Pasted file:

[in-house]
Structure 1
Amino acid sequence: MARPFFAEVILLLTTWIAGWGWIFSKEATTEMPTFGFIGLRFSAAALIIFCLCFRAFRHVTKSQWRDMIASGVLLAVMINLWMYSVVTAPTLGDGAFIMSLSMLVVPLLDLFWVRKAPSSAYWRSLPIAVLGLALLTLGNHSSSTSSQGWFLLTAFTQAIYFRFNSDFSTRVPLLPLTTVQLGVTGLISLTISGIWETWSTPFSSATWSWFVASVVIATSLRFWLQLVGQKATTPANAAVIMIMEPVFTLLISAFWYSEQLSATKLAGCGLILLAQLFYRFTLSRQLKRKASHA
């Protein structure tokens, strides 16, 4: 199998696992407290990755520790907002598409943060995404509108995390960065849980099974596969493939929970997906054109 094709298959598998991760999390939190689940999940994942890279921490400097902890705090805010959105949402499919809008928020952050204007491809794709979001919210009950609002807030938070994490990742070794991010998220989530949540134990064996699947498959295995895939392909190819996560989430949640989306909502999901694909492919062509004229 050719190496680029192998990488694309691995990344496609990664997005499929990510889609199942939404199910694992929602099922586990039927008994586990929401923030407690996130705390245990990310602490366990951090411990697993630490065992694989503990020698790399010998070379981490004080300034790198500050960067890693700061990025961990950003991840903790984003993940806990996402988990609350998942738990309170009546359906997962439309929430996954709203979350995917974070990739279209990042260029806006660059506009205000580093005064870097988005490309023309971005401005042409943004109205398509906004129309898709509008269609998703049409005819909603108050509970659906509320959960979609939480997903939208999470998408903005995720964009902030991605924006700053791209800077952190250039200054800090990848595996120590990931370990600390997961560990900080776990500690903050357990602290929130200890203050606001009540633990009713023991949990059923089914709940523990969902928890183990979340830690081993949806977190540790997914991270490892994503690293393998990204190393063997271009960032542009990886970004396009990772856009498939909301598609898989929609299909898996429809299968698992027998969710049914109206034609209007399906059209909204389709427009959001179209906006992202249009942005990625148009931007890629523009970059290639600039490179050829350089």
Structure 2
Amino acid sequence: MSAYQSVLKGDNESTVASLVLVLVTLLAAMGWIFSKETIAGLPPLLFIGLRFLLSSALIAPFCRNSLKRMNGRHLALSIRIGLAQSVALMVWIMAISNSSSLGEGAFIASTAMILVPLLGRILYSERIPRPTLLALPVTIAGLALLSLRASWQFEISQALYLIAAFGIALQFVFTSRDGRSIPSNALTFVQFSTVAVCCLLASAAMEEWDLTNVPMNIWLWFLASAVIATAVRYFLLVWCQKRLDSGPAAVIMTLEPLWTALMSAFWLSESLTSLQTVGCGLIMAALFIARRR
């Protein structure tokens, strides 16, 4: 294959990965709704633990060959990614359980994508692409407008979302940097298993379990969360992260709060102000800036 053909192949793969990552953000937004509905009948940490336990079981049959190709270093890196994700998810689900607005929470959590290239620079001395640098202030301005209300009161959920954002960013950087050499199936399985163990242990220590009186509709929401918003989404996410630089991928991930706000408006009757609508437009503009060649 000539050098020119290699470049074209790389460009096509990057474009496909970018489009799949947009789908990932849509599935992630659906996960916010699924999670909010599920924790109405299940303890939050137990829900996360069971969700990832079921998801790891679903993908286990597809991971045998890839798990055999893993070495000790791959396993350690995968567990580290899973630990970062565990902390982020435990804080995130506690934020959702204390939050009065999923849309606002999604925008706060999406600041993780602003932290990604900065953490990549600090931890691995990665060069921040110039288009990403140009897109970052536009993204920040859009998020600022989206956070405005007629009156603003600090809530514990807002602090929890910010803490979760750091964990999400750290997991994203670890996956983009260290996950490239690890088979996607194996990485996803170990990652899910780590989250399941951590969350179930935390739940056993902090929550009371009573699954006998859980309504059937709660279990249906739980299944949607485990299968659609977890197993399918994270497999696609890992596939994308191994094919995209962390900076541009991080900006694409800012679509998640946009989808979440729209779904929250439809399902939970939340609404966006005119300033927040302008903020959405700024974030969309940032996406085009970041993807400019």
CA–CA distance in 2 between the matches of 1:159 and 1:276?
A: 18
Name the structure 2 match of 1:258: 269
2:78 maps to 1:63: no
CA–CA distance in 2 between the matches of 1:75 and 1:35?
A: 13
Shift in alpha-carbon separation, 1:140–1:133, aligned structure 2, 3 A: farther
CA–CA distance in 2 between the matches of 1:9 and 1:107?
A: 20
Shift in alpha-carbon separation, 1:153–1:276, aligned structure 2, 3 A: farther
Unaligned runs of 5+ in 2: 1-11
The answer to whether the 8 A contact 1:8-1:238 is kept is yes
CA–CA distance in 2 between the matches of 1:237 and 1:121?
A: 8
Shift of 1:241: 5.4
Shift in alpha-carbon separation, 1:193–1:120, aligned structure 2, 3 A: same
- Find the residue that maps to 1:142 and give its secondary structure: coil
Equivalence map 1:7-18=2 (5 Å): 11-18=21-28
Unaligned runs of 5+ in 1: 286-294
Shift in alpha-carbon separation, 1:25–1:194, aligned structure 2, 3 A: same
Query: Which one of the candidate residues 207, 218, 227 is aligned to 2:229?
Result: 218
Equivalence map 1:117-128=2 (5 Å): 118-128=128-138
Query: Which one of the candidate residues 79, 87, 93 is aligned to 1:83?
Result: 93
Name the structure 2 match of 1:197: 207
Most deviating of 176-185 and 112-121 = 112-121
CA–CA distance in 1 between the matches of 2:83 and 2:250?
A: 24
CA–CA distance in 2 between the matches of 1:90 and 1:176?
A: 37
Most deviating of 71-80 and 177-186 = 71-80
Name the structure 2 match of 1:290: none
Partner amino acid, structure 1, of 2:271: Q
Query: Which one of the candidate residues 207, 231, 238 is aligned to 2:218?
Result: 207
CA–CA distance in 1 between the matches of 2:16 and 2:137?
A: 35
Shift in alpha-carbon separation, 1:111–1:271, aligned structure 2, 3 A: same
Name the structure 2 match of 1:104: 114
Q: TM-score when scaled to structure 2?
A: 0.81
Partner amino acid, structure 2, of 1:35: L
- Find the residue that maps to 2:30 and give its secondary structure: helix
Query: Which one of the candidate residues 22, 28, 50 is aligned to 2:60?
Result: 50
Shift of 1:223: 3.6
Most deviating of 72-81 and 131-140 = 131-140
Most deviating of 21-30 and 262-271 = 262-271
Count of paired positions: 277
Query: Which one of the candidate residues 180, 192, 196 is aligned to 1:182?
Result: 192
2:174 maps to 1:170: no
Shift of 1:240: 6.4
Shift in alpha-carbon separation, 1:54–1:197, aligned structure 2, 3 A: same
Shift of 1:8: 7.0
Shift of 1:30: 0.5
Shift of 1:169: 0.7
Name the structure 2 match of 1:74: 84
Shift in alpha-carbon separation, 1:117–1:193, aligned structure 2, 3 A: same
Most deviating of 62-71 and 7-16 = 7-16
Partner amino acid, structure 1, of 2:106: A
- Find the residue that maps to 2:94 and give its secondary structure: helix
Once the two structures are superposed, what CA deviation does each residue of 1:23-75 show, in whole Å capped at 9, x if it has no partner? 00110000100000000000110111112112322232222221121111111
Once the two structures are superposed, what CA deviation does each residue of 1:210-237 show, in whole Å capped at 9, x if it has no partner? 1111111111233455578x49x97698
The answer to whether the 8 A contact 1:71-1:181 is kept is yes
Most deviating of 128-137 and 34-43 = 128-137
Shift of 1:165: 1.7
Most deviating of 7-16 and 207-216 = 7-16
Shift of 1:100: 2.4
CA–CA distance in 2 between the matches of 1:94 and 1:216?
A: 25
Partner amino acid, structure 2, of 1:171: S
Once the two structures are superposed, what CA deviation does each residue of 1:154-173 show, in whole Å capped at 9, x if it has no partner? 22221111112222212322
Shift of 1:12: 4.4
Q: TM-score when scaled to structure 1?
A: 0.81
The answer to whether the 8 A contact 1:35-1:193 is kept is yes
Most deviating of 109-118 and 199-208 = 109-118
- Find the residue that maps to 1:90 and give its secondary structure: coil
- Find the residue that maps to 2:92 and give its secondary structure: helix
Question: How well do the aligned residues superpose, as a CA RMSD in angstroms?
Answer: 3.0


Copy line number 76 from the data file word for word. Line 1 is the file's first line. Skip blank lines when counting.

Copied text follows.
Most deviating of 7-16 and 207-216 = 7-16